A few years ago, I was chatting to another teacher and mentioned I was thinking of doing the diploma. She said sh’ed been thinking about it for 10 years and still hadn’t done it! This was the impetus I needed to get me started (i.e. time flies … and you never get around to doing stuff!). I was pleased to have a great and supportive tutor, without whom I simply couldn’t have done it. (N.B. So you don’t waste time or fail modules, ALWAYS send your work to your tutor for checking/suggestions!)
I decided to start with Teaching Practice, as this seemed the most daunting. It was, admittedly, no picnic, and I’d never worked so hard in my life. However, it made me completely reassess my classroom practices (i.e. WHY was I talking so much and not letting the LEARNERS speak, and struggle a bit on their own - as they would in reality!?). Like the exam, T.P. is set within a limited time frame, so you get through it, … somehow! Sophia had prepared us so much in preceding T.P. lessons that the final external T.P. exam seemed a breeze in comparison!
The most challenging part was the portfolio, as it’s left largely up to you what you do. Choose something that interests you, but that you can read up on. Two of my projects had very little literature about them, so I struggled to justify my theories etc. I felt like I was expected to write like an academic on subjects I was researching, yet knew little about, and was somewhat dismayed at the rather negative feedback and down-marking shown to me by the TESOL U.K. person marking my final projects. My interest in the topics really did make them very interesting to research, nevertheless, and so easier to complete.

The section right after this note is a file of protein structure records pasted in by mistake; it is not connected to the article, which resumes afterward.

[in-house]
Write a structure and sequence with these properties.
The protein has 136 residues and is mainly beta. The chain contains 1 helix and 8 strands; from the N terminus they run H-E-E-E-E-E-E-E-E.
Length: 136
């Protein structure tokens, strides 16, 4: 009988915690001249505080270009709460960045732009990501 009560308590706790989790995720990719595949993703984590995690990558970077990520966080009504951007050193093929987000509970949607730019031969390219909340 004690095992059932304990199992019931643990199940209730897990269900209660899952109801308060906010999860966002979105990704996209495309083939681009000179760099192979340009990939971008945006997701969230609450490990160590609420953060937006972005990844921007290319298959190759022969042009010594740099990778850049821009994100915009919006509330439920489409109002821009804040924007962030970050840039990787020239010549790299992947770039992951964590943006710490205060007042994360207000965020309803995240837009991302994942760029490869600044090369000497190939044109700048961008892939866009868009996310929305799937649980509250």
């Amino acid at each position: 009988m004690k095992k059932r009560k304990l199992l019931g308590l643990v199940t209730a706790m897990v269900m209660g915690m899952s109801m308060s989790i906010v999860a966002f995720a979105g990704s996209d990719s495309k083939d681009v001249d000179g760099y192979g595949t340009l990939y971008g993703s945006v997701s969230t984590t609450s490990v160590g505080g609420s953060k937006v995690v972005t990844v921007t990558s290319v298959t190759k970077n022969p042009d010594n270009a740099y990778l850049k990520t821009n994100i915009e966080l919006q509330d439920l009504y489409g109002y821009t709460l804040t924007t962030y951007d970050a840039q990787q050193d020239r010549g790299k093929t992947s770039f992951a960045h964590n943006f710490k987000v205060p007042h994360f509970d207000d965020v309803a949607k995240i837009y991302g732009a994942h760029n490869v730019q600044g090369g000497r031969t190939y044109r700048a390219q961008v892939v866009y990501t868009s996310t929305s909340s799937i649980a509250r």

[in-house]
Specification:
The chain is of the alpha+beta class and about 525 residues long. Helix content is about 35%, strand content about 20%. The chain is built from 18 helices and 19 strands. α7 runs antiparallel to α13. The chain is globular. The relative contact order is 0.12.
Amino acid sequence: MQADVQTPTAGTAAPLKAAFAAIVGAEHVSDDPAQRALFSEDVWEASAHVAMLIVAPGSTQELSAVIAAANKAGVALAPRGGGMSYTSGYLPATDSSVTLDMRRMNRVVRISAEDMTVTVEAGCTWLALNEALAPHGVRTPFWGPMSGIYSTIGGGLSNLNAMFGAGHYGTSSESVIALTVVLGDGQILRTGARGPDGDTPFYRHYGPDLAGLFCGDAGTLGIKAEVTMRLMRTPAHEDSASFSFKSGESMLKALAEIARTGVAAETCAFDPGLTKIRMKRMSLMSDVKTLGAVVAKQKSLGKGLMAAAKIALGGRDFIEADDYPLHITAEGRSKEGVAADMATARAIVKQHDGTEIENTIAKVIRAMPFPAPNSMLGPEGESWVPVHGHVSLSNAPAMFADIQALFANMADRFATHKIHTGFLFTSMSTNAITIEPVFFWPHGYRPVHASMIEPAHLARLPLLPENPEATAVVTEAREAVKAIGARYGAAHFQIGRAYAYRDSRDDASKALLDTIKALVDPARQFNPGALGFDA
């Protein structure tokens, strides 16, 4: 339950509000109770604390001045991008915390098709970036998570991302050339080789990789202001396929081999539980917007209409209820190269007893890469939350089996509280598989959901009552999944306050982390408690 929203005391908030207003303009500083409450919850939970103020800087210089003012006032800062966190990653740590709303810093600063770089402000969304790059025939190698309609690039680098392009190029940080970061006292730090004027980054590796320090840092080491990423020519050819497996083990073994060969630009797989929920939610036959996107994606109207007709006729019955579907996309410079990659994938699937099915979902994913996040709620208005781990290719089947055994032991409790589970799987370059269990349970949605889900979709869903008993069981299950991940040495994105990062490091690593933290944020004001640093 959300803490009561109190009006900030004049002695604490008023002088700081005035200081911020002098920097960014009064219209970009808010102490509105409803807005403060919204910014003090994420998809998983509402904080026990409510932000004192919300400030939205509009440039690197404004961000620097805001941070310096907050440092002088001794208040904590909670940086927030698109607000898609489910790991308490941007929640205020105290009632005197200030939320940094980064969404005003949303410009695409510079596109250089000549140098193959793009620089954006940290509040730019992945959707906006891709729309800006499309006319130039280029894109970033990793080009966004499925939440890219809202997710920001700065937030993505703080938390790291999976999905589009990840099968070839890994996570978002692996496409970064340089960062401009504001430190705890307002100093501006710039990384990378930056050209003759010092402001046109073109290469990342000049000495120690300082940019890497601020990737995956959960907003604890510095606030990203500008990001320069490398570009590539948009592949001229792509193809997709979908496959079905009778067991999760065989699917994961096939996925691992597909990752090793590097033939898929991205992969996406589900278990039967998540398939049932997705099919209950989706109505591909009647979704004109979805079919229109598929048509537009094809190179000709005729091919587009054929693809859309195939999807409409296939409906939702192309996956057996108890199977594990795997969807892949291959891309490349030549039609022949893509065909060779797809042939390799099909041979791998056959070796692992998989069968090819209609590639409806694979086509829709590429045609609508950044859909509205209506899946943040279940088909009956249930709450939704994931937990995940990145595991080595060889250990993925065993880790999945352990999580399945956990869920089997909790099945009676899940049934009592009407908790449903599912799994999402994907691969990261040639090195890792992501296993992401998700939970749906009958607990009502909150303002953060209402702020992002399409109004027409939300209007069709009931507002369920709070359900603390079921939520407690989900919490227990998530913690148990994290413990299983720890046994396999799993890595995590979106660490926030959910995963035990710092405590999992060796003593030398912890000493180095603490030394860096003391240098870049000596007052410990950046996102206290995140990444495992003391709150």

It took me nearly 4 years to finish my Diploma, and I wouldn’t recommend doing it as slowly as I did, as you can lose momentum (and the will to live, lol!). However, not rushing through it did allow me to really see how it could/can improve my teaching, and that development doesn’t stop with getting a TESOL Diploma certificate, which, I’m pleased to say I finally did.